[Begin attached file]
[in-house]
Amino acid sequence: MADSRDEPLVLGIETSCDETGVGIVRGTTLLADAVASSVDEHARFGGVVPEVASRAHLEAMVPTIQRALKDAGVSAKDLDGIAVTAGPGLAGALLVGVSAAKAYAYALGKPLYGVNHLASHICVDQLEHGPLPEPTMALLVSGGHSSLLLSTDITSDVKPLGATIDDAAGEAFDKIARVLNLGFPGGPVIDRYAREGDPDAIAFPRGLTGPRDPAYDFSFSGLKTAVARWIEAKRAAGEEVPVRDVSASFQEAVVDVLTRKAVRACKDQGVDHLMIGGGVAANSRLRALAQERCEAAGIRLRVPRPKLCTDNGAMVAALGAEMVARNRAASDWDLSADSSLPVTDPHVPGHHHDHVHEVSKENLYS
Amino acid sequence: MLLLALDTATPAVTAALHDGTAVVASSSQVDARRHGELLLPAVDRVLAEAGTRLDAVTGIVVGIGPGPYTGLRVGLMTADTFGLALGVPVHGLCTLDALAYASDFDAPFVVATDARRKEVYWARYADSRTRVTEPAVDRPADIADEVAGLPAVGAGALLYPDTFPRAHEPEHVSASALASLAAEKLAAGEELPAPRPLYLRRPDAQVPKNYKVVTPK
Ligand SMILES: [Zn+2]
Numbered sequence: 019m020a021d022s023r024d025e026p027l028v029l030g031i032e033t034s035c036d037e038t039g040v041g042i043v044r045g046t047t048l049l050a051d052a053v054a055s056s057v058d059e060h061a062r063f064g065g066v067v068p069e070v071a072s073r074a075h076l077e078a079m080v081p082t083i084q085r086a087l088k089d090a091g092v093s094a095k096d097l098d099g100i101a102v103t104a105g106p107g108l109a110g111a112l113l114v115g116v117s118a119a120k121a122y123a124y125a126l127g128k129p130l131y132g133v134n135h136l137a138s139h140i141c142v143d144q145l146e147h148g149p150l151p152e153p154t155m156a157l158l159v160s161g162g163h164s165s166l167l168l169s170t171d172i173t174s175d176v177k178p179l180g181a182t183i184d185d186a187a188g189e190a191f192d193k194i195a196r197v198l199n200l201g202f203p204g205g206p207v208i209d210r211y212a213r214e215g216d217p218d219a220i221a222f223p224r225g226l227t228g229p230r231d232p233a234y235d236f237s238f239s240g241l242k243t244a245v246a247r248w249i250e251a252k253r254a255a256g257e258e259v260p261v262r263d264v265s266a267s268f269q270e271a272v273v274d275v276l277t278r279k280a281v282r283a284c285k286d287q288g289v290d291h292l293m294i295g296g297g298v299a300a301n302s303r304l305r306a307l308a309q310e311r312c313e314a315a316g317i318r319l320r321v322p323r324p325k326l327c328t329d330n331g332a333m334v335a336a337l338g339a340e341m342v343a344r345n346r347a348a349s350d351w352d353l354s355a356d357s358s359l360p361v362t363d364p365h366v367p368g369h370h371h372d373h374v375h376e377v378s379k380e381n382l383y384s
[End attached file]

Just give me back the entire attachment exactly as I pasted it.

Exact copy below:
[in-house]
Amino acid sequence: MADSRDEPLVLGIETSCDETGVGIVRGTTLLADAVASSVDEHARFGGVVPEVASRAHLEAMVPTIQRALKDAGVSAKDLDGIAVTAGPGLAGALLVGVSAAKAYAYALGKPLYGVNHLASHICVDQLEHGPLPEPTMALLVSGGHSSLLLSTDITSDVKPLGATIDDAAGEAFDKIARVLNLGFPGGPVIDRYAREGDPDAIAFPRGLTGPRDPAYDFSFSGLKTAVARWIEAKRAAGEEVPVRDVSASFQEAVVDVLTRKAVRACKDQGVDHLMIGGGVAANSRLRALAQERCEAAGIRLRVPRPKLCTDNGAMVAALGAEMVARNRAASDWDLSADSSLPVTDPHVPGHHHDHVHEVSKENLYS
Amino acid sequence: MLLLALDTATPAVTAALHDGTAVVASSSQVDARRHGELLLPAVDRVLAEAGTRLDAVTGIVVGIGPGPYTGLRVGLMTADTFGLALGVPVHGLCTLDALAYASDFDAPFVVATDARRKEVYWARYADSRTRVTEPAVDRPADIADEVAGLPAVGAGALLYPDTFPRAHEPEHVSASALASLAAEKLAAGEELPAPRPLYLRRPDAQVPKNYKVVTPK
Ligand SMILES: [Zn+2]
Numbered sequence: 019m020a021d022s023r024d025e026p027l028v029l030g031i032e033t034s035c036d037e038t039g040v041g042i043v044r045g046t047t048l049l050a051d052a053v054a055s056s057v058d059e060h061a062r063f064g065g066v067v068p069e070v071a072s073r074a075h076l077e078a079m080v081p082t083i084q085r086a087l088k089d090a091g092v093s094a095k096d097l098d099g100i101a102v103t104a105g106p107g108l109a110g111a112l113l114v115g116v117s118a119a120k121a122y123a124y125a126l127g128k129p130l131y132g133v134n135h136l137a138s139h140i141c142v143d144q145l146e147h148g149p150l151p152e153p154t155m156a157l158l159v160s161g162g163h164s165s166l167l168l169s170t171d172i173t174s175d176v177k178p179l180g181a182t183i184d185d186a187a188g189e190a191f192d193k194i195a196r197v198l199n200l201g202f203p204g205g206p207v208i209d210r211y212a213r214e215g216d217p218d219a220i221a222f223p224r225g226l227t228g229p230r231d232p233a234y235d236f237s238f239s240g241l242k243t244a245v246a247r248w249i250e251a252k253r254a255a256g257e258e259v260p261v262r263d264v265s266a267s268f269q270e271a272v273v274d275v276l277t278r279k280a281v282r283a284c285k286d287q288g289v290d291h292l293m294i295g296g297g298v299a300a301n302s303r304l305r306a307l308a309q310e311r312c313e314a315a316g317i318r319l320r321v322p323r324p325k326l327c328t329d330n331g332a333m334v335a336a337l338g339a340e341m342v343a344r345n346r347a348a349s350d351w352d353l354s355a356d357s358s359l360p361v362t363d364p365h366v367p368g369h370h371h372d373h374v375h376e377v378s379k380e381n382l383y384s